She refused to look at my printouts and refused to accept them for the teacher. After initially offering to let me see the poster, I was refused permission to go to the classroom and see it. Although, I could “sit in on the class” at some future time. She was going to go down to the classroom and talk to the teacher and they’d do their “own research.” I could cut the patronizing BS with a knife. I said goodbye and left, as I had two other children to take to school.

Truth be told, I’m not sure I’d have the patience to sit through that class. If she’s doing such a stellar job with teaching math, why is my gifted and talented son asking me to explain the lesson? Seeing as how my explanation answers his questions in minutes, I don’t have much faith that I would see much of anything I liked.

So, herein lies my quandary. I have tried to do the right thing. My son is most definitely properly informed and he’s told his buddies at school that it isn’t real and not to Google it as a lot of gross stuff will come up. (He did this without any mention on my part.) Do I go higher up the food-chain and continue to raise holy hell? I really do want to, but I’m not the one that will feel the backlash. My son is. The teacher was already in a bad mood for having a parent complain to the vice principal. She probably got a verbal dressing down, but not enough in my opinion. My son and the girls thought it was great I was going to the office and not dropping the issue. If he were to become the focus of negative attention, I don’t think he’d be excited.





6 responses to “Saga of Stupidity

  1. I’m stumped on this one, as well. I’m all about screaming to the top of the food chain, but the only one impacted is me. Having to consider the possible ramifications for a child would be tough.

    Perhaps you could try one more time, with the principal?

    You are winning the battles, if not the war, as your kids see and respect you for doing what’s right. And you are making sure to teach them and correct the stupid teacher’s mistakes.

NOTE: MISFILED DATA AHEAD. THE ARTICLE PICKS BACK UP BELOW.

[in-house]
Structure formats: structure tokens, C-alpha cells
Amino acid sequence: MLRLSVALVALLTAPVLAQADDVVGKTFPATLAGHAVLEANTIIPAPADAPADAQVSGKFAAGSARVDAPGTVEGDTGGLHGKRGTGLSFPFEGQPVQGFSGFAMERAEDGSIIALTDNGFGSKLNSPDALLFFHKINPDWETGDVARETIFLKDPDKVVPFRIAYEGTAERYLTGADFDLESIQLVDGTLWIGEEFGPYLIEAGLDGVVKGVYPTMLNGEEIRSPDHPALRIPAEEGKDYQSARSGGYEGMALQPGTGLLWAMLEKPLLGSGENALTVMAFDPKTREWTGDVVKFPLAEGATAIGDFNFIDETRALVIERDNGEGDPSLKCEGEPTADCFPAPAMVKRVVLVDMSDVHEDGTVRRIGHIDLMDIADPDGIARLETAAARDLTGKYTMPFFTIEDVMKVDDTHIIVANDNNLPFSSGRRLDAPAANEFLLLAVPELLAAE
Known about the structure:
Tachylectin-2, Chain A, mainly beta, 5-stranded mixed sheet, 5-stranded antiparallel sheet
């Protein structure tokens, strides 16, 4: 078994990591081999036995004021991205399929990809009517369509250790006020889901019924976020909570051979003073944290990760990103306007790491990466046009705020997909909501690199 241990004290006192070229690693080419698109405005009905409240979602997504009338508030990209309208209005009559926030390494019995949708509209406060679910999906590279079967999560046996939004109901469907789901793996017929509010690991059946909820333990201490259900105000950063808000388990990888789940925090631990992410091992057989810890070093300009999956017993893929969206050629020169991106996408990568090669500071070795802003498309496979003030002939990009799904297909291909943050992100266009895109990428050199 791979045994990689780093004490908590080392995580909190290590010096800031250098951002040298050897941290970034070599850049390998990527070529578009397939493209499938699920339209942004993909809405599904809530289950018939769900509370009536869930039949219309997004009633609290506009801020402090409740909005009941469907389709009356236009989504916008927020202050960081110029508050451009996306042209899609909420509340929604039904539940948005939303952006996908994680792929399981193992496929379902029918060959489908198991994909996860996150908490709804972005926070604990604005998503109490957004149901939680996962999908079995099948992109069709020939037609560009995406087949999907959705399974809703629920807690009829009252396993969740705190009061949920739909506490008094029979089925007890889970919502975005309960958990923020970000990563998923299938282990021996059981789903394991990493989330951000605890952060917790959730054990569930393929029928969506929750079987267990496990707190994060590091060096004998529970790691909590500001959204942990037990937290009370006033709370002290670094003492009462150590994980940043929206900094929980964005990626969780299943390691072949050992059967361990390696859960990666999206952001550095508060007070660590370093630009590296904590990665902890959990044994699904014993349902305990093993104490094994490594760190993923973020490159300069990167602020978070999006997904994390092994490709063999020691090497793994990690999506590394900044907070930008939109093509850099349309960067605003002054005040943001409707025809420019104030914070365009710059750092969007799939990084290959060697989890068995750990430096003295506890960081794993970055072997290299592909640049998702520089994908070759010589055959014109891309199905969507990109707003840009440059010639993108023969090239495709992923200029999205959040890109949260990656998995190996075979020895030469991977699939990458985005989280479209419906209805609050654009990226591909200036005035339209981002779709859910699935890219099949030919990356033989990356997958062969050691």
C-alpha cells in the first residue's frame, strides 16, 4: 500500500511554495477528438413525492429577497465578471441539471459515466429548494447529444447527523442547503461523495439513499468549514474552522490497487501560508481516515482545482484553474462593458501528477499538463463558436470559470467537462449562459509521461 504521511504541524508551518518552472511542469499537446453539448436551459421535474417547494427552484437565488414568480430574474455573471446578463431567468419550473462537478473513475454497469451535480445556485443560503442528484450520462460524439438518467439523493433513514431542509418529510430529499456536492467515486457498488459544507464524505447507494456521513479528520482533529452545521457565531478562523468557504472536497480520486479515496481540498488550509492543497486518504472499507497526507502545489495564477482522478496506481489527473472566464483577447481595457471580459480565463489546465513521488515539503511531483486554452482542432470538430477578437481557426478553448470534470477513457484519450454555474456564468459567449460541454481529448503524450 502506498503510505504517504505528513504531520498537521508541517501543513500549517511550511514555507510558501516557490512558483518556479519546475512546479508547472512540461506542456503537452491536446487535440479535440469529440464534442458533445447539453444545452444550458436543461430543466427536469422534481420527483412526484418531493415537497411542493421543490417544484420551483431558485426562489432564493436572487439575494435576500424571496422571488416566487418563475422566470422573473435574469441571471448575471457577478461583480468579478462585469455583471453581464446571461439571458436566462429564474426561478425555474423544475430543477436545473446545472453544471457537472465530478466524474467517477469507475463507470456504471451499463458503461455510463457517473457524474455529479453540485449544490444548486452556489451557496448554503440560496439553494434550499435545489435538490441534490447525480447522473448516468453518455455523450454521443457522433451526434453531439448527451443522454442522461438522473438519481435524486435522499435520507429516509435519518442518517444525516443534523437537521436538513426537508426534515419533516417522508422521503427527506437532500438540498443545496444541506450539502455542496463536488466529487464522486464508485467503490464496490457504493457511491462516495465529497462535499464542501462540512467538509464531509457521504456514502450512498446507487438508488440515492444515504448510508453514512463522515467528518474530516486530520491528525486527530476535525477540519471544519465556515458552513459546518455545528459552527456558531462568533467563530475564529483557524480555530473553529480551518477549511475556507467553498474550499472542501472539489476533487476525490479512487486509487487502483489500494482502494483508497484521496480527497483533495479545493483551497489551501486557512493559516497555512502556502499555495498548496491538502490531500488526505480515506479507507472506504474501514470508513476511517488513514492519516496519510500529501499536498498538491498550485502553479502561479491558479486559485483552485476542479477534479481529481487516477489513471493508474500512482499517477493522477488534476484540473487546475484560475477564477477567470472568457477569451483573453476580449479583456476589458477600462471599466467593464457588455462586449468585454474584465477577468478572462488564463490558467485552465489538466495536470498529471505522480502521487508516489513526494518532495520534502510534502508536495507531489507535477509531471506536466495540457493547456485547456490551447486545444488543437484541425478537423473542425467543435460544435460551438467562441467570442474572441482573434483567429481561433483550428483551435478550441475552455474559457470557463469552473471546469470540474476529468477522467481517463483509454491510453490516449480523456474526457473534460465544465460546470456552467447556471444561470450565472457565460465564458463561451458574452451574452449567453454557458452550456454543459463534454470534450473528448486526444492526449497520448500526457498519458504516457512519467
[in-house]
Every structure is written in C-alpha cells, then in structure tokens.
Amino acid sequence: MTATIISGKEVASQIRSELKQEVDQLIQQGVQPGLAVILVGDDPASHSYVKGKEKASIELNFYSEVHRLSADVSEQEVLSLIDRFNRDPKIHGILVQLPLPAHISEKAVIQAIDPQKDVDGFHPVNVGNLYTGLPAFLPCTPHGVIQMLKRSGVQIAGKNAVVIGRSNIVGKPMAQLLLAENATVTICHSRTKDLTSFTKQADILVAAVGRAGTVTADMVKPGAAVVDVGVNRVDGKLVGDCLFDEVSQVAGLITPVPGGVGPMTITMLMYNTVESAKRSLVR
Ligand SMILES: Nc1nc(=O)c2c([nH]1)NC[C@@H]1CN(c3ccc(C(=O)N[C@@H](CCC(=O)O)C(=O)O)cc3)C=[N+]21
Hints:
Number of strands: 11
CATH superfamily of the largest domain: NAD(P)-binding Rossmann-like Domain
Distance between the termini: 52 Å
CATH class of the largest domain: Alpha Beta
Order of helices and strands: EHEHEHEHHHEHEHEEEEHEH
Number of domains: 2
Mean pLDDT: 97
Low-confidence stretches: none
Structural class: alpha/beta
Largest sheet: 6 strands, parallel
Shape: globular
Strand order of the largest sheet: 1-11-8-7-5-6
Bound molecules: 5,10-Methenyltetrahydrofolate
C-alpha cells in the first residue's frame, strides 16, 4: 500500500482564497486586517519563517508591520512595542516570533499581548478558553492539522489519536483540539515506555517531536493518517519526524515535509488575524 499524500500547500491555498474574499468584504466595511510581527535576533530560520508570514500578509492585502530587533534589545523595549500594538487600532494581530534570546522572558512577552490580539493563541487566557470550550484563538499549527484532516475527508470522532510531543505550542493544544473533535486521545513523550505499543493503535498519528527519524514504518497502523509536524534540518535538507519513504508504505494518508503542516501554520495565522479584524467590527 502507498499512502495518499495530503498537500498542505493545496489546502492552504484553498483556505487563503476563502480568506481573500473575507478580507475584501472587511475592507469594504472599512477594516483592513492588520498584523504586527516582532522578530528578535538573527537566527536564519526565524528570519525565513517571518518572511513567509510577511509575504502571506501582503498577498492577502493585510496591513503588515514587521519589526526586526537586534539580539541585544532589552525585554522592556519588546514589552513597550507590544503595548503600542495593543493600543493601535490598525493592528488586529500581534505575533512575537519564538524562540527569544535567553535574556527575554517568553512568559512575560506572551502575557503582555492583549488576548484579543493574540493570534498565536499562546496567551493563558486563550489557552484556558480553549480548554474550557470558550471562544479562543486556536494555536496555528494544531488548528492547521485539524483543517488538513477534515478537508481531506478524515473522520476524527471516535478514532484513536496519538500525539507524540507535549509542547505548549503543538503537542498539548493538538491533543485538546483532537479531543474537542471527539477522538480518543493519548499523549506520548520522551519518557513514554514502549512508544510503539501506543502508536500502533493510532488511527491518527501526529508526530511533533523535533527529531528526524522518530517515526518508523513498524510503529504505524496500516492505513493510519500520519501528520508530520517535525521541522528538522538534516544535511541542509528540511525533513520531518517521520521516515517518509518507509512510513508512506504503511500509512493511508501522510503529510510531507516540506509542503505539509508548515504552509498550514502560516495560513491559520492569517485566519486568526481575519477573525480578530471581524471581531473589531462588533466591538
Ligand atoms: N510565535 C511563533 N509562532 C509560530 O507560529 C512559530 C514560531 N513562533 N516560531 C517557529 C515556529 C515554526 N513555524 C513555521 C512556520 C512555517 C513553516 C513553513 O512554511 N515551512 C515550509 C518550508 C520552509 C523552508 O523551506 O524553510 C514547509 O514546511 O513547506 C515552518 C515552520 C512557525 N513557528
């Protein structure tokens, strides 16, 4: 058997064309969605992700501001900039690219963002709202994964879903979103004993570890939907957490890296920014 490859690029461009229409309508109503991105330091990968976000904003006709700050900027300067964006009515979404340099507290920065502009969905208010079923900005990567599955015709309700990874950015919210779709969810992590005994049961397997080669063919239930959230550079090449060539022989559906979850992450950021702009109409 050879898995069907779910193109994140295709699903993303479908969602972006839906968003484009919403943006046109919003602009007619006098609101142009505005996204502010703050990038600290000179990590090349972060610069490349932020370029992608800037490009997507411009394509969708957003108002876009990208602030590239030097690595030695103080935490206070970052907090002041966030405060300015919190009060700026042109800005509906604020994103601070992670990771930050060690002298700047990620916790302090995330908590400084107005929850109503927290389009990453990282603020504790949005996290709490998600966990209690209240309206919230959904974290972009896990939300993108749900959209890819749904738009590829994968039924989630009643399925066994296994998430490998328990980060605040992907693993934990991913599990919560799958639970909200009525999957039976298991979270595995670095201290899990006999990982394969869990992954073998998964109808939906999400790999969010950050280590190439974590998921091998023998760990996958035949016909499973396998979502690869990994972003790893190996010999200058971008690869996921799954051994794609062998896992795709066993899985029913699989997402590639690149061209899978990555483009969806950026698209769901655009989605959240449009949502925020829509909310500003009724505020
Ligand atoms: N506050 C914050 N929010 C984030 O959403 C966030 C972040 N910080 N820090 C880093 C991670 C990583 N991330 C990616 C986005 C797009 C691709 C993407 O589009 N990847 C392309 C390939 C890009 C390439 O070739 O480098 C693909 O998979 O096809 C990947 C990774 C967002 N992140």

Good luck.

    • southerndreamer

      I’m going to see what the teacher does in response to today’s visit. If it’s more of the same, I’ll speak to the principal, although in my experience they seem to be figureheads which don’t usually have a clue as to what’s going on in the school.

  2. I personally think this is one of those times where you need to go to the top AFTER talking with Simon about it. Let him know what could happen and that if anyone tries anything with him, to let you know immediately if he agrees you should keep going.

    It’s more than just Simon at stake here (although that’s a huge stake to be sure) Too many parents don’t do anything or don’t take the time to pay attention to what’s going on in class and it hurts all the students and education as a whole. You came up with perfectly valid ways this could be handled and they are being asinine about the whole thing.

    I salute you MOM! {{{hugs}}}

    P.S. We could always start a petition against stupidity … lol

  3. You are not a crazy parent which is good. If the teacher were otherwise objective, she would see that. Unfortunately I am not your son’s teacher. The AP doesn’t sound altogether there either… I’m sorry.